Historical approaches were non-scientific and may be erroneous. Perceptions that can often result in erroneous or wrongful perceptions, interpretations, or rulings. New scientific methods, however, are more effective since they are based on evidence and can replace the older testimony techniques. Polygraph, also known as Lie Detector, is a more commonly used and renowned popular research tool designed for the psychophysiological detection of deceit with its development in the 20th century. It is also regarded as an analysis of psychophysiological identification of deceit (POD). The Polygraph exam is based on the premise that the fear of identification is, and imprisonment prompts a person to be fooled by the real reality that Escort to emotional arousal that is further attempted to hide by “Defence mechanism, known as physiological”. In the Polygraph test, the machine senses, not lies, but indirect manipulation of feelings, only the behavioural changes that follow the sudden emotion of tension directly. Polygraph distinctly displays distinct body functions as well as some sudden changes in these functions (breathing, heartbeat, blood pressure, sweating, etc.).

Types of Lie Detection

  1. Polygraph- Usually, the instrument used to administer polygraph examinations consists of a physiological recorder that measures three autonomic arousal indicators: heart rate, blood pressure, breathing, and skin conductivity. Computerized recording devices are used by most examiners today.
  2. Cognitive Polygraph- Since controlling for personality variations, Tri-Con was able to differentiate between truth-tellers and liars. The precision of the grouping of liar-truth tellers hit 89%. Mean reaction times and accuracy in answers should be used to separate people who lie from those who say the truth.
  3. ERP & EEG- P300 is an electroencephalogram (EEG) derived brain wave that has recently been used as a novel information source for deception detection. The typical pathways from the autonomic nervous system are documented which involve physiological behaviour such as the rhythm of breathing, blood pressure, and conductance of the skin. The EEG, on the other hand, is a record of sequential, randomly shifting voltages, collected from the scalp surface in humans as a function of time. The random operation of the underlying cerebral cortex is expressed here. If a discrete trigger phenomenon (such as a light flash) happens as these shifting voltages arise, the EEG splits into a sequence of much larger peaks and troughs, called parts. This sequence of waves is considered a possible phenomenon-related event (ERP).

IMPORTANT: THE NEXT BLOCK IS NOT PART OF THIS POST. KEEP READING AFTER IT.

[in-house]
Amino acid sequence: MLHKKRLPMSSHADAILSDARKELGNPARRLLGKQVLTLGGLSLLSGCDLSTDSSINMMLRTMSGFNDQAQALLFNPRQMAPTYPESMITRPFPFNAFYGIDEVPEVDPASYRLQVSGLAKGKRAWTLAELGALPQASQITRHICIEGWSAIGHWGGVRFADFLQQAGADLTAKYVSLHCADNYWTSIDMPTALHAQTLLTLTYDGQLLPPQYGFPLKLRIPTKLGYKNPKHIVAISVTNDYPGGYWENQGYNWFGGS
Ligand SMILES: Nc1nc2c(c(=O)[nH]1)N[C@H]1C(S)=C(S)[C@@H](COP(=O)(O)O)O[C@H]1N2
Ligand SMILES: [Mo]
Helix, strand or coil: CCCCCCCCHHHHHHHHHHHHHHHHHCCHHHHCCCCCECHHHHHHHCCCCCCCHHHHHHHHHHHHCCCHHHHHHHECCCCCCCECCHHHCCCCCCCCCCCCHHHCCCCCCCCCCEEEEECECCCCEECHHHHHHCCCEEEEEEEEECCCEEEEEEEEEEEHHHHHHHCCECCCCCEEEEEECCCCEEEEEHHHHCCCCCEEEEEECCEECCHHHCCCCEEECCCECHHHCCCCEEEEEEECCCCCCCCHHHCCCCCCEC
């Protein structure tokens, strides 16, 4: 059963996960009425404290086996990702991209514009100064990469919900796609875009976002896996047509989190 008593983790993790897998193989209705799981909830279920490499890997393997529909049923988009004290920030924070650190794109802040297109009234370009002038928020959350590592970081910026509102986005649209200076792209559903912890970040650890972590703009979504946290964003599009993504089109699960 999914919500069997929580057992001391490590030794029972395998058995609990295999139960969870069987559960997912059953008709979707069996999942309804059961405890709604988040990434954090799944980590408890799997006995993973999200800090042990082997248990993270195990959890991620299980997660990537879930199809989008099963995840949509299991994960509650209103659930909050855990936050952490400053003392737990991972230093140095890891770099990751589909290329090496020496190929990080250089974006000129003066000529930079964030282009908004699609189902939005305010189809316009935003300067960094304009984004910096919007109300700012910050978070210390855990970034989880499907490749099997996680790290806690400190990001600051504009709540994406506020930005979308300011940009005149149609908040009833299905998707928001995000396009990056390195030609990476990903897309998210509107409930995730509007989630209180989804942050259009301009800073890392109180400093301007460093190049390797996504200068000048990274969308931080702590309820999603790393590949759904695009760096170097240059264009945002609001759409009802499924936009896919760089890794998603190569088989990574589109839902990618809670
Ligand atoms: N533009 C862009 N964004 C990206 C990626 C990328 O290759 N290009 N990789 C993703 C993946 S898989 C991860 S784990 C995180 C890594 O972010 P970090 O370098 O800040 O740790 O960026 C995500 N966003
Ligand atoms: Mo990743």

4. Eye-tracking technique- Instead of calculating the emotional response of an individual to deception, eye-tracking technology tests the cognitive reaction of the person. The researchers log a variety of observations and do so as a subject answer on a computer to a series of true-and-false questions.
  5. Voice stress analysis- To measure and evaluate frequency variations in the responses of the subject that signify vocal tension, it utilizes a microphone plugged into a device. When the subject talks, each voice pattern is shown and numbered by the computer. An algorithm scores the results at the conclusion of the measurement.
  6. fMRI- Functional magnetic resonance imaging (fMRI) attempts to diagnose mendacity by seeing within the brain rather than monitoring peripheral distress metrics measured by a polygraph, such as changes in heartbeat, blood pressure or respiration. In addition to attracting hundreds of thousands of audiences, developers have been attracted by fMRI.